Screenwriter Jake Armitage (Peter Finch) and his wife Jo Armitage (Anne Bancroft) live in London with six of Jo's eight children, with the two eldest boys at boarding school. The children ...
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Elderly Mrs. Ross lives alone in her meager flat, scraping by on government assistance even as she claims to have great wealth. After finding stolen money she is victimized, making it necessary to find her support in her declining years.
Unassuming and single thirty-three year old Tillie Shlain is at that phase of her life of being known as a soon to be spinster if she doesn't marry soon. She isn't looking forward to ... See full summary »
Screenwriter Jake Armitage (Peter Finch) and his wife Jo Armitage (Anne Bancroft) live in London with six of Jo's eight children, with the two eldest boys at boarding school. The children are spread over Jo's three marriages, with only the youngest being Jake's biological child, although he treats them all as his own. Jo left her second husband Giles (Richard Johnson) after meeting Giles' friend Jake, the two who were immediately attracted to each other. Their upper middle class life is much different than Giles and Jo's, who lived in a barn in the English countryside. But Jo is ruminating about her strained marriage to Jake, with issues on both sides. Jo suspects Jake of chronic infidelity, she only confronting him with her suspicions whenever evidence presents itself. And Jo's psychiatrist believes that Jo uses childbirth as a rationale for sex, which he believes she finds vulgar. These issues in combination have placed Jo in a fragile mental state. They both state that they love ...Written by
Despite being given above-the-title and third billing, James Mason does not turn up until fifty-five minutes in, and only has a few scenes. See more »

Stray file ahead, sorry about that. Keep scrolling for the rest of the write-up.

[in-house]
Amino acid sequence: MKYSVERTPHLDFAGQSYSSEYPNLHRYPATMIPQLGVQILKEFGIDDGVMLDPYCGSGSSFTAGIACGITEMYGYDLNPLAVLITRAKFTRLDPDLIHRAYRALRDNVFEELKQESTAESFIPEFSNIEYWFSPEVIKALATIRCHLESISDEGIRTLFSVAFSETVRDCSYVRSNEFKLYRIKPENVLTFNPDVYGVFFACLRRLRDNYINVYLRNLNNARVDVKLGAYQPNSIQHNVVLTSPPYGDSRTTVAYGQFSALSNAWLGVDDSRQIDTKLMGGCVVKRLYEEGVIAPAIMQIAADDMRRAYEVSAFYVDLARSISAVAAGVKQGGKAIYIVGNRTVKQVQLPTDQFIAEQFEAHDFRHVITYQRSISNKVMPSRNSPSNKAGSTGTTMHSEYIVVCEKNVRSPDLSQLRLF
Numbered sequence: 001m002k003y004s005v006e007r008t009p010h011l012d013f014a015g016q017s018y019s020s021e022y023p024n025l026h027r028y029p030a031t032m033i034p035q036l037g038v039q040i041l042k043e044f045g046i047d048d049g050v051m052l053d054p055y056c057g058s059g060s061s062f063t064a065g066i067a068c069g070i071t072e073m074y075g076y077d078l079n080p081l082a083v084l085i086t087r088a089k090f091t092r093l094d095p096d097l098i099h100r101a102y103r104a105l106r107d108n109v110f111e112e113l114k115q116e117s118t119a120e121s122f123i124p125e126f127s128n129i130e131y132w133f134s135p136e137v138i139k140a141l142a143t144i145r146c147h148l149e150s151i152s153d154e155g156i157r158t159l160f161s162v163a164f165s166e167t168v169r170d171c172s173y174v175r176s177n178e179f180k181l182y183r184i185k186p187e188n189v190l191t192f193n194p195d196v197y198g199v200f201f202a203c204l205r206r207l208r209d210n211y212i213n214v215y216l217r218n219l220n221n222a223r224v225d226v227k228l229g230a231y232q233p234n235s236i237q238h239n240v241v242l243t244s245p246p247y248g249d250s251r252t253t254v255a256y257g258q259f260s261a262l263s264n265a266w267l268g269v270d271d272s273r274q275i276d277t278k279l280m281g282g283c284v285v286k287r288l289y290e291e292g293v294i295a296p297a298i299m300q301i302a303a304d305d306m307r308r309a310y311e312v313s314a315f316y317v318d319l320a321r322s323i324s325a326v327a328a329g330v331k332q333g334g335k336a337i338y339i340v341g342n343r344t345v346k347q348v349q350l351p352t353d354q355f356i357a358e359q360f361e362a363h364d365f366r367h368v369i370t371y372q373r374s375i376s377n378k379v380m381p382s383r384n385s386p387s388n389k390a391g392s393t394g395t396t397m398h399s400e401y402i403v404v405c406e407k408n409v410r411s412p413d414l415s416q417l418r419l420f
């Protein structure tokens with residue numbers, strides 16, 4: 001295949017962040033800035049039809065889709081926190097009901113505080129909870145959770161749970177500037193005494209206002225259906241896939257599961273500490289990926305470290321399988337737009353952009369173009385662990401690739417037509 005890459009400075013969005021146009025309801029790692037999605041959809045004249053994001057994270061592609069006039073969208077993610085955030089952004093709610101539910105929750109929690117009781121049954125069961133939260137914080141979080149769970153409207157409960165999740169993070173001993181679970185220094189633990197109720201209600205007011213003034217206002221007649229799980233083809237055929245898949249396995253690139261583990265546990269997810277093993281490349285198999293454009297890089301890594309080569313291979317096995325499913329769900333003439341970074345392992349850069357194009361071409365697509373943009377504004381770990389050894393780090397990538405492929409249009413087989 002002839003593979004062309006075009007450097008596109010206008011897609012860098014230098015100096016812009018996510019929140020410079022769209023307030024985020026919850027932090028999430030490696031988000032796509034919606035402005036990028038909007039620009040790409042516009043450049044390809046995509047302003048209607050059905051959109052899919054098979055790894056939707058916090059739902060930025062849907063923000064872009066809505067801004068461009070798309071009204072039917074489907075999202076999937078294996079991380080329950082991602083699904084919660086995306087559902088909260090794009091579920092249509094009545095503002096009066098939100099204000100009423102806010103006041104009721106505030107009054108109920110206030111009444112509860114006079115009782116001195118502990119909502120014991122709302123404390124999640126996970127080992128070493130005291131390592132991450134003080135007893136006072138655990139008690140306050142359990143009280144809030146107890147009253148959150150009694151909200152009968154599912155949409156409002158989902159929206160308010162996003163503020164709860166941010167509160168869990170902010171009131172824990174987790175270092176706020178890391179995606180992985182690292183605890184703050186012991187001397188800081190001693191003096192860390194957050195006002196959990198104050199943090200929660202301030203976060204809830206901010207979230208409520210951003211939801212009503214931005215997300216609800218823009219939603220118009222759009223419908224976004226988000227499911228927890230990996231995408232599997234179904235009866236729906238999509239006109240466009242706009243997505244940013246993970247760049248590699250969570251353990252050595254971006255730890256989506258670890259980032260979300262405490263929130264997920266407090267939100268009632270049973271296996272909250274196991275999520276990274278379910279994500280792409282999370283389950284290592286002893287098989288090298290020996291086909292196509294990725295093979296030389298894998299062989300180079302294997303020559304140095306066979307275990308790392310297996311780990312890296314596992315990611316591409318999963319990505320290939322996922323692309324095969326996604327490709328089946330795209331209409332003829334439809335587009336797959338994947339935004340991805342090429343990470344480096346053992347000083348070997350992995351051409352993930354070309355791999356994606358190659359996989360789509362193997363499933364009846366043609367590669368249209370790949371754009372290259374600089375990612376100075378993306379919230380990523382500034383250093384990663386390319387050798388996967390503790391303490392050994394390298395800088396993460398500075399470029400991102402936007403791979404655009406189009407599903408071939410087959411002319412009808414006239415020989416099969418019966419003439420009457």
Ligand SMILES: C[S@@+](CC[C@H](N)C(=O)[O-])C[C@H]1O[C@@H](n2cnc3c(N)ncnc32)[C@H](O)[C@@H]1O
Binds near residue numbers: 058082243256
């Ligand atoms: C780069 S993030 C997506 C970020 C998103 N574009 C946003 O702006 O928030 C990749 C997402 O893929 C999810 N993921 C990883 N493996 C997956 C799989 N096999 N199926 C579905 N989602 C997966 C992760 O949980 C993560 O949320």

When Jo rises from the couch while talking to her mother about her father's death, a shadow of the boom microphone moves across the wall above and behind her. See more »
What are you sniggering for? Think it's funny I suppose because I tell the truth for once.
That I'm capable of fancying somebody else. I'm a perfectly normal man and I'm capable of fancying somebody else.
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Great movies remain great movies some of them, like "The Pumpkin Eater" acquire an extra something with the passing of time. Harold Pinter does really extravagant things with Penelope Mortimer's novel and the extraordinary Jack Clayton gives it just the right mixture of human drama and sharp satire. Anne Bancroft is indescribable moving, beautiful, powerful, frightening. Peter Finch is also superb as is James Mason. I particularly enjoyed the brief moments with Yootha Joyce, Maggie Smith and Cederic Hardwicke. I advise all movie lovers in the Los Angeles area to check the American Cinematheque listings. I saw "The Pumpkin Eater" there, a beautifully restored print and reminded me when one went to the movies to see adult themes treated by intelligent adult artist with enormous regard for their audiences. Oh, those were the days.
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